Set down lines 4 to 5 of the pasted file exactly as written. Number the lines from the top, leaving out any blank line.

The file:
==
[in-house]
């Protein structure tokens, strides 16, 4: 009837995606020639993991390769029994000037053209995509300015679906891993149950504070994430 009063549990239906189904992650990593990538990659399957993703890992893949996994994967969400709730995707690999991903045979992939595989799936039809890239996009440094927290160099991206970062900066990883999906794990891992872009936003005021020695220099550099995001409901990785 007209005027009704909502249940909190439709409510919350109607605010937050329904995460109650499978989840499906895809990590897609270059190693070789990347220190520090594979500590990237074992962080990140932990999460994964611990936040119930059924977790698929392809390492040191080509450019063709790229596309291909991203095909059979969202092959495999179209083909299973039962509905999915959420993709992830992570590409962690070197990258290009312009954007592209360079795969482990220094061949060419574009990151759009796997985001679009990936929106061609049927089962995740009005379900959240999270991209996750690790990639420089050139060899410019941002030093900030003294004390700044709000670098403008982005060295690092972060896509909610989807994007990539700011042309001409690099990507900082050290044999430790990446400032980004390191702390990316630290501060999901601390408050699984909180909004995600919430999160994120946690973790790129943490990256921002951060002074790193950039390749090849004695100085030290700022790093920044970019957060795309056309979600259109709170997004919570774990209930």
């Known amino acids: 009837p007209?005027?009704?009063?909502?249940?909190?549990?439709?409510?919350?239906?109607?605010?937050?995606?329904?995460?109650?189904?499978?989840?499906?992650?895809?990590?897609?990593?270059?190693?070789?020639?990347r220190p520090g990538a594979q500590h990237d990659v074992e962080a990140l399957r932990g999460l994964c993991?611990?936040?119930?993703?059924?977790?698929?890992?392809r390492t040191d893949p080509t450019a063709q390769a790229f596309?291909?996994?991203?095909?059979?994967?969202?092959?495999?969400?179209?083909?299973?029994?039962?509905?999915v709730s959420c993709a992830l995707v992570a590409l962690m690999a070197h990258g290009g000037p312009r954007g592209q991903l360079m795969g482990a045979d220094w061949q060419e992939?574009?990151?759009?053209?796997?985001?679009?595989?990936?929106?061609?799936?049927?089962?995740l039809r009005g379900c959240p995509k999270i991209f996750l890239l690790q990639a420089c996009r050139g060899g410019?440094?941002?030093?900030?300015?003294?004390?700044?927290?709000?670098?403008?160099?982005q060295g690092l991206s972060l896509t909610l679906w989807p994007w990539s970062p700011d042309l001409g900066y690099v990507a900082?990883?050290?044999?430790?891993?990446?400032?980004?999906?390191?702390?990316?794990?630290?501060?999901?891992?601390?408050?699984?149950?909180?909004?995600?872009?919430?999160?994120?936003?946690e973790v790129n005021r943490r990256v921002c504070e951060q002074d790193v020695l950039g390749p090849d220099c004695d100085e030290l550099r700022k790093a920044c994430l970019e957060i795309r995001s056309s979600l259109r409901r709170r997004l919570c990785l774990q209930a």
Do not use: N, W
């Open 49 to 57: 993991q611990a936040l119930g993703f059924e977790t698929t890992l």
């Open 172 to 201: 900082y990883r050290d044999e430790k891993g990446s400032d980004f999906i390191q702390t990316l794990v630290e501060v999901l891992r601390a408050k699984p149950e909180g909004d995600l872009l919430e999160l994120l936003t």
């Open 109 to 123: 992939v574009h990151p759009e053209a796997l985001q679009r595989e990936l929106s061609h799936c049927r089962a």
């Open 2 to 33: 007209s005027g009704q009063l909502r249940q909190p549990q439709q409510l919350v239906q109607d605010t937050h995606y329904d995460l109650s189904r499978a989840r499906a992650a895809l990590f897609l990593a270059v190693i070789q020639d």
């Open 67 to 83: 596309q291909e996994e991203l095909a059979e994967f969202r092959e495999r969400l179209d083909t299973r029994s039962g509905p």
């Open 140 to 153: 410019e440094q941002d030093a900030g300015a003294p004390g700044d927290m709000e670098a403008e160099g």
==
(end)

Do not use: N, W
């Open 49 to 57: 993991q611990a936040l119930g993703f059924e977790t698929t890992l």